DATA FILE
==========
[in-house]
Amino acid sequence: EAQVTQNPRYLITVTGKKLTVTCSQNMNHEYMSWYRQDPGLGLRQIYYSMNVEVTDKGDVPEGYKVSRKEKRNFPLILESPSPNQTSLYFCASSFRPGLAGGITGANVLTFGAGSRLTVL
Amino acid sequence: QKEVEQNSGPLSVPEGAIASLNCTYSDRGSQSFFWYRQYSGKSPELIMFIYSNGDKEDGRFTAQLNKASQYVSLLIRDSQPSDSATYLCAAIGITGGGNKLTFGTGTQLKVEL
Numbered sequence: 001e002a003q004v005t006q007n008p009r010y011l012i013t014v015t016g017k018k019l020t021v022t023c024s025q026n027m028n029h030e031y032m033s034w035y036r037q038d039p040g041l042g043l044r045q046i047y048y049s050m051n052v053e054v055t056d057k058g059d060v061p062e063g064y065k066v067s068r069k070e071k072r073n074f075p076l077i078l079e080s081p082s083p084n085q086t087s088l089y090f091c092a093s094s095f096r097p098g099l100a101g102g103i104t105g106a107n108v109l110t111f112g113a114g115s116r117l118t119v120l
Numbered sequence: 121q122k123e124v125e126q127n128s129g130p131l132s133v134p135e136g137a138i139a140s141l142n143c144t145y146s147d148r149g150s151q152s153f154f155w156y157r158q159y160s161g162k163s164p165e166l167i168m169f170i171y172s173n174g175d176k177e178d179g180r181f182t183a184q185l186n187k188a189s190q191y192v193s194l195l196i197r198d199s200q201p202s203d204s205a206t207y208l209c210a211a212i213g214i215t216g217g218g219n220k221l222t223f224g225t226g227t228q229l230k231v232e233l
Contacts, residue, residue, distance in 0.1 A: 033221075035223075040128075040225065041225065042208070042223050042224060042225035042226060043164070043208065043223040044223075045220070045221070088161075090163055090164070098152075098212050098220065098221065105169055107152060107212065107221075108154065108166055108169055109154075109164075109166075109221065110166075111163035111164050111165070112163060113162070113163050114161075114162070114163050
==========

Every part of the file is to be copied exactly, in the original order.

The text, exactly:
[in-house]
Amino acid sequence: EAQVTQNPRYLITVTGKKLTVTCSQNMNHEYMSWYRQDPGLGLRQIYYSMNVEVTDKGDVPEGYKVSRKEKRNFPLILESPSPNQTSLYFCASSFRPGLAGGITGANVLTFGAGSRLTVL
Amino acid sequence: QKEVEQNSGPLSVPEGAIASLNCTYSDRGSQSFFWYRQYSGKSPELIMFIYSNGDKEDGRFTAQLNKASQYVSLLIRDSQPSDSATYLCAAIGITGGGNKLTFGTGTQLKVEL
Numbered sequence: 001e002a003q004v005t006q007n008p009r010y011l012i013t014v015t016g017k018k019l020t021v022t023c024s025q026n027m028n029h030e031y032m033s034w035y036r037q038d039p040g041l042g043l044r045q046i047y048y049s050m051n052v053e054v055t056d057k058g059d060v061p062e063g064y065k066v067s068r069k070e071k072r073n074f075p076l077i078l079e080s081p082s083p084n085q086t087s088l089y090f091c092a093s094s095f096r097p098g099l100a101g102g103i104t105g106a107n108v109l110t111f112g113a114g115s116r117l118t119v120l
Numbered sequence: 121q122k123e124v125e126q127n128s129g130p131l132s133v134p135e136g137a138i139a140s141l142n143c144t145y146s147d148r149g150s151q152s153f154f155w156y157r158q159y160s161g162k163s164p165e166l167i168m169f170i171y172s173n174g175d176k177e178d179g180r181f182t183a184q185l186n187k188a189s190q191y192v193s194l195l196i197r198d199s200q201p202s203d204s205a206t207y208l209c210a211a212i213g214i215t216g217g218g219n220k221l222t223f224g225t226g227t228q229l230k231v232e233l
Contacts, residue, residue, distance in 0.1 A: 033221075035223075040128075040225065041225065042208070042223050042224060042225035042226060043164070043208065043223040044223075045220070045221070088161075090163055090164070098152075098212050098220065098221065105169055107152060107212065107221075108154065108166055108169055109154075109164075109166075109221065110166075111163035111164050111165070112163060113162070113163050114161075114162070114163050